But I was learning. Learning of saints, and which ones cried out most for depiction–St. Sebastian with his arrow-pierced young body, his agony. Later, a strange image emerged; a levitating knife, poised to penetrate? or decapitate? There was no clue anywhere as to the significance of this airborne blade. Did it denote martyrdom? I posited this theory hoping to find the blade in a painting of the one man my Protestant background recognized as a martyr, St. John the Baptist. “That,” I thought, “will tell me.” I didn’t object to my ignorance; it was the force behind discovery. Looking for a flying blade seeking John the Baptist, I gasped to see his head on a plate, tongue hanging out, eyes rolled back, complete with blood, veins, nerve endings and a severed spinal chord.

Within these rooms of time I saw the discovery of fixed-point perspective and the effect it had on Christ’s formerly precarious balance on his mother’s lap. I saw men and women of Italy’s streets painted in the backgrounds of the familiar Bible scenes, replacing the anonymous paper-doll faces of the early middle ages. Intricate brocade on the gowns of painted archbishops was accomplished in the same way I use lace paper to create pattern and texture; through a stencil. It was all astonishing; I saw the palpable difference in the floating, light reflective surface of an oil or casein painting and the infused radiance of a fresco; plaster inoculated with color. I fell in love with its passionate immediacy, the vividness of a moment of life, the movement of existence. From that day, I sought them everywhere and yearned to try my own.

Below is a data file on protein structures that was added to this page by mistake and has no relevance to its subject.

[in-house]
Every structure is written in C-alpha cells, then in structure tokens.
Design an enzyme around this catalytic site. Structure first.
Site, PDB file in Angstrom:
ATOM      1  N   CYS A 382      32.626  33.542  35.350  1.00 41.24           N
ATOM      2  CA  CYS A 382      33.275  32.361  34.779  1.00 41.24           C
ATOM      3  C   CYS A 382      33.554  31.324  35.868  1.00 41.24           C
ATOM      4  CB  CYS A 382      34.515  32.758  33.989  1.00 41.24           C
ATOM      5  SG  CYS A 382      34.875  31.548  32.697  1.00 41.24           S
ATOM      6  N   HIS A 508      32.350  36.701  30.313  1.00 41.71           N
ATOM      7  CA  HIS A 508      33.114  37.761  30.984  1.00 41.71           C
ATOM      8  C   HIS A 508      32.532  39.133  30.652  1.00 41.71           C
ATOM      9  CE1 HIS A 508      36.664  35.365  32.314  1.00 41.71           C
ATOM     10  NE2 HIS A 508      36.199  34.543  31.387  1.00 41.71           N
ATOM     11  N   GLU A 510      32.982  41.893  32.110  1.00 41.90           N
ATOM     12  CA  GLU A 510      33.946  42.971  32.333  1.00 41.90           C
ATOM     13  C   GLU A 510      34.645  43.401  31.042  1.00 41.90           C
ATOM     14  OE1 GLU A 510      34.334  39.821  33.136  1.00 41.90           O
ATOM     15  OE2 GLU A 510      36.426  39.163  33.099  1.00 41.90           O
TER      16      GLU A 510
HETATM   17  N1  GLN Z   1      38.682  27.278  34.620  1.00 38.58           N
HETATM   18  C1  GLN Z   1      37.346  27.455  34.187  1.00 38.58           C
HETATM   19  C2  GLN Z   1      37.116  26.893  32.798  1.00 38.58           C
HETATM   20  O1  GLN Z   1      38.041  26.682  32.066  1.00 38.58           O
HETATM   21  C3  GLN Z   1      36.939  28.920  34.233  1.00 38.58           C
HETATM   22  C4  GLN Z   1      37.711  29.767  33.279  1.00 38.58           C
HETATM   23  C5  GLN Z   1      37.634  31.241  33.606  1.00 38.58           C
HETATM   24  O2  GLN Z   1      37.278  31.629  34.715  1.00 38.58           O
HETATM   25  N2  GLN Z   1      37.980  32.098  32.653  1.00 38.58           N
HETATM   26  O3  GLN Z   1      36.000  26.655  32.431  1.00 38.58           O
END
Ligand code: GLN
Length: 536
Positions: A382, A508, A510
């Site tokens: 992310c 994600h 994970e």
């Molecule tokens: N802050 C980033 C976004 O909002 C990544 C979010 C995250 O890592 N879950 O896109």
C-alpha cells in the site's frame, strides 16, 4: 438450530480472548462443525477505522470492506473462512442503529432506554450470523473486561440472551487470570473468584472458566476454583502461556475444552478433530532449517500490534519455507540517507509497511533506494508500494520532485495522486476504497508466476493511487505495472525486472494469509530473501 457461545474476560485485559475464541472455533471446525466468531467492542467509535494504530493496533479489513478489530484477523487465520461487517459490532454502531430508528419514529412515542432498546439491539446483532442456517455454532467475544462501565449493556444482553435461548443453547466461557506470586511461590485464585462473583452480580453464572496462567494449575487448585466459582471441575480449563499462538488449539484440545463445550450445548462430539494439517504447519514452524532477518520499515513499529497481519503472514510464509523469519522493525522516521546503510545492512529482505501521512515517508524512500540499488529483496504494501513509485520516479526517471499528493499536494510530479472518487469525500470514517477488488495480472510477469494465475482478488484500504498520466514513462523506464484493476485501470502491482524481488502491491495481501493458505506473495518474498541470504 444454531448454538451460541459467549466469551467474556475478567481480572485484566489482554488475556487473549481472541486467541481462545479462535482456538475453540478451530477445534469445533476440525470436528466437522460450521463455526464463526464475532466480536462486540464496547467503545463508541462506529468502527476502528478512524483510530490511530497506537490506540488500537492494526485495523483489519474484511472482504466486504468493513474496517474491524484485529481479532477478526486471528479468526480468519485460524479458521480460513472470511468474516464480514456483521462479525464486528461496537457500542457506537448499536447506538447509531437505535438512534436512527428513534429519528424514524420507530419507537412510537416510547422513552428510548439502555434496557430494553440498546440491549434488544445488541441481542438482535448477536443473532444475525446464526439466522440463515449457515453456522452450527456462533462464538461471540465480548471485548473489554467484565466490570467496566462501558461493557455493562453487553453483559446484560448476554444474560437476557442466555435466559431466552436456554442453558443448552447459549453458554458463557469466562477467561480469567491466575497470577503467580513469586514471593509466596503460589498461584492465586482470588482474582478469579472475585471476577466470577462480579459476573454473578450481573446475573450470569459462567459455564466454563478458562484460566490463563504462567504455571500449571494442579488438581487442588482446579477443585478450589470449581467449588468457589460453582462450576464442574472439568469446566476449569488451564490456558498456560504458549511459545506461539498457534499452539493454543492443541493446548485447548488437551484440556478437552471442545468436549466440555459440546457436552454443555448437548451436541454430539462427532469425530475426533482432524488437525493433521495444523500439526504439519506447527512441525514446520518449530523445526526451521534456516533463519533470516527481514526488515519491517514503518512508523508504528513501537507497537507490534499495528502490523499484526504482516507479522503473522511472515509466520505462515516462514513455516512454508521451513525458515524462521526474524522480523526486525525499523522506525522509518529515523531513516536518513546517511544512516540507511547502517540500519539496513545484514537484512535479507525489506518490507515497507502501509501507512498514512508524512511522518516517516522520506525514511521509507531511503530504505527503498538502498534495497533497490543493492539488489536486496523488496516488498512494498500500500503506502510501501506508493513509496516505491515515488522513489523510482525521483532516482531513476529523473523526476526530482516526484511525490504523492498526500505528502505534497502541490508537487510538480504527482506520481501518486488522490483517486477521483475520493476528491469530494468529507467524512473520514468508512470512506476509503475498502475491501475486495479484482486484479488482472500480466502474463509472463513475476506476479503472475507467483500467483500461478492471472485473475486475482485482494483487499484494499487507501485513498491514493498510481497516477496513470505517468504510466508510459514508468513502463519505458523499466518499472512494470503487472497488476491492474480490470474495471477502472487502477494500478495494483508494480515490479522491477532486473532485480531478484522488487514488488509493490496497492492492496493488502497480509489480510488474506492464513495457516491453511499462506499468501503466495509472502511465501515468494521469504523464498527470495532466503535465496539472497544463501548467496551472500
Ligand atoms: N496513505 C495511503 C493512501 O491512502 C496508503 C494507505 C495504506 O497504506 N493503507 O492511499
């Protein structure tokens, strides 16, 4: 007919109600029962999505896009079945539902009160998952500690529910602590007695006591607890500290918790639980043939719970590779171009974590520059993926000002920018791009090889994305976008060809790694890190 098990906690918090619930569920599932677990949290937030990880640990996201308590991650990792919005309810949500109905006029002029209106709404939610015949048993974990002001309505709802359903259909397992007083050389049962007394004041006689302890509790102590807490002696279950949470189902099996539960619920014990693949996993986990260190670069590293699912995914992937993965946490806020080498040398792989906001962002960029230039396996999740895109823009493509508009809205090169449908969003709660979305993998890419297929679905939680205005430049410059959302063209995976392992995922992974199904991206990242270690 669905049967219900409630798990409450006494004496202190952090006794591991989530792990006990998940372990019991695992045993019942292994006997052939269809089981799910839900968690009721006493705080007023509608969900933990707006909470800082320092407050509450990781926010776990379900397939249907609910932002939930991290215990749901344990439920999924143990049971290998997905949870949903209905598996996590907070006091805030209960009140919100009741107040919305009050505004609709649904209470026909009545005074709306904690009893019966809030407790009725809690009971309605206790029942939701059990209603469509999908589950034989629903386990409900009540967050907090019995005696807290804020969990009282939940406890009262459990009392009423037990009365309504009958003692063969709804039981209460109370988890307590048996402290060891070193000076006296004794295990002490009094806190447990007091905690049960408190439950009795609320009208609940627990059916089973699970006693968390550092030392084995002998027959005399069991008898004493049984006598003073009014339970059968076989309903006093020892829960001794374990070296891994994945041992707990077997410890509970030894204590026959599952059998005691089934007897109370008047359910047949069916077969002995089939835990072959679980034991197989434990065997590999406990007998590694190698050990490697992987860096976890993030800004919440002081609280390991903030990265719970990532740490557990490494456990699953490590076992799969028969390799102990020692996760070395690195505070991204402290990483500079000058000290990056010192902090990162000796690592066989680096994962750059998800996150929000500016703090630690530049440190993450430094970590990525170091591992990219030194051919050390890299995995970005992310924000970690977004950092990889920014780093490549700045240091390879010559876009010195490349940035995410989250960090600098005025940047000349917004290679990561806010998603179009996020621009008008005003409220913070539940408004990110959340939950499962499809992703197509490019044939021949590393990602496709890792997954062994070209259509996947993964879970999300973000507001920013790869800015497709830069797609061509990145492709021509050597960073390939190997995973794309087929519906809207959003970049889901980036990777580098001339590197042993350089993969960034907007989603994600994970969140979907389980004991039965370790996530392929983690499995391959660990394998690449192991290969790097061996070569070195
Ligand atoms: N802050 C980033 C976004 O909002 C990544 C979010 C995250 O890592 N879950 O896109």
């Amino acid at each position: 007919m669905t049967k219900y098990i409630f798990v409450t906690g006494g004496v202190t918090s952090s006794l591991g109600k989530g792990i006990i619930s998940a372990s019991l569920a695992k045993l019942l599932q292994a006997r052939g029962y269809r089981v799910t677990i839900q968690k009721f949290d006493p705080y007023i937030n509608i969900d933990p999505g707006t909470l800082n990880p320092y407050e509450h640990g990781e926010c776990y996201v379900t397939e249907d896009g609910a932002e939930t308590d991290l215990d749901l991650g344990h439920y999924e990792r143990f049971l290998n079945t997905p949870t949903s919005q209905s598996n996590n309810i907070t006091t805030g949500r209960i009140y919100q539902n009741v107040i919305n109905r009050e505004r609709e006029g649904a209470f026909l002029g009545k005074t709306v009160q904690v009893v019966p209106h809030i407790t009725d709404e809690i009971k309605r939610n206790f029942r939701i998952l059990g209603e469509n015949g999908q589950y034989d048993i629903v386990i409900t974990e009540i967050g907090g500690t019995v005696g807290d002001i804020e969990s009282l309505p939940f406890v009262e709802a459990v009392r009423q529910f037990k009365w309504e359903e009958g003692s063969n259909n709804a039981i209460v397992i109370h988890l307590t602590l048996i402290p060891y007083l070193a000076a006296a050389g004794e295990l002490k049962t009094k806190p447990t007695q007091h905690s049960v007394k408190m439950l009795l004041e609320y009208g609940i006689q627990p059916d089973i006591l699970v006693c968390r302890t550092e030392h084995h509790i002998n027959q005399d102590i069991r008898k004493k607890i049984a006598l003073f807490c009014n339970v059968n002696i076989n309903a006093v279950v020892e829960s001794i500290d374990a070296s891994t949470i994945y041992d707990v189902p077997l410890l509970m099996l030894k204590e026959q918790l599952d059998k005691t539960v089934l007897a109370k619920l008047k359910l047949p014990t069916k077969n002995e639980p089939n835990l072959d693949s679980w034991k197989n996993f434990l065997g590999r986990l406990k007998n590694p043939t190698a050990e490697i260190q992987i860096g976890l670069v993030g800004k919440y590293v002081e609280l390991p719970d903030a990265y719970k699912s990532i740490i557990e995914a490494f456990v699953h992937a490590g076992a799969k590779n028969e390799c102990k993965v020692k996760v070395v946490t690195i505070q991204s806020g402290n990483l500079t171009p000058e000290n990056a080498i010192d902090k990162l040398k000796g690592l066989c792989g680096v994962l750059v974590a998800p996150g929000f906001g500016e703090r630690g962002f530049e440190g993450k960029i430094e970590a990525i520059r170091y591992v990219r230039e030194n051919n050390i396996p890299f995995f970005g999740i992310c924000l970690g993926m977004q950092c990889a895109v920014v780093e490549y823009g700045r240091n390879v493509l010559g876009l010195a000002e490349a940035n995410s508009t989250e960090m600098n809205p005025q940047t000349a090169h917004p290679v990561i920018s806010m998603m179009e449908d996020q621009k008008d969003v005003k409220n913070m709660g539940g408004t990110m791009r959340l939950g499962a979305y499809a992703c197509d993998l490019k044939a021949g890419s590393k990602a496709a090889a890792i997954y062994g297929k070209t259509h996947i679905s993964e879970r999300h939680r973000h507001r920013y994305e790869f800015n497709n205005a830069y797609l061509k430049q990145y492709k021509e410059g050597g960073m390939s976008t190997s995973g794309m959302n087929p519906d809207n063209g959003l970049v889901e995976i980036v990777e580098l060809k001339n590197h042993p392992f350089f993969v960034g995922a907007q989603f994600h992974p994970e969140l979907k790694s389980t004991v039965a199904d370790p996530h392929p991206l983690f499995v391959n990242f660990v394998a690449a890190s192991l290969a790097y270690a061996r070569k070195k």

At the end, there stood Goethe’s passion, the plastic arts, a statue he could have seen in Rome, but didn’t. Starkly, simply exhibited in a replication of a sculptor’s workroom, without the fastidious self-consciousness of a set design, stood Michelangelo’s unfinished standing Pieta Rondanini. The great work was spot-lit from four directions with benches making a small amphitheater in front. I sat down. I had loved this piece since I saw photos of it in high school art history class.


Pieta Rondanini

There in front of me it appeared to be the fruition of ALL the paintings; in a relative sense they were complex sketches, studies spanning centuries, practice for this exquisitely unfinished work.
I had spent three hours in this palace of delight; I was surfeited.

On my way back I bought a strawberry gelato (é soltanto una fragola) and, savoring its sweet temporality, I slowly returned to Via Atto Vanucci. I had not seen La Ultima Cena, but when I did, three days later, all of this had prepared me for what is much more than a painting; as a work of art, it is a force transcending its many mangled restorations, a force of beauty reaching beyond beauty, a destination. Il destino. Destiny.

“The presence of works of art, like those of Nature, makes us. . .wish to express our feelings and judgements in words, but . . . in the end we return to a wordless beholding.” Goethe Italian Journey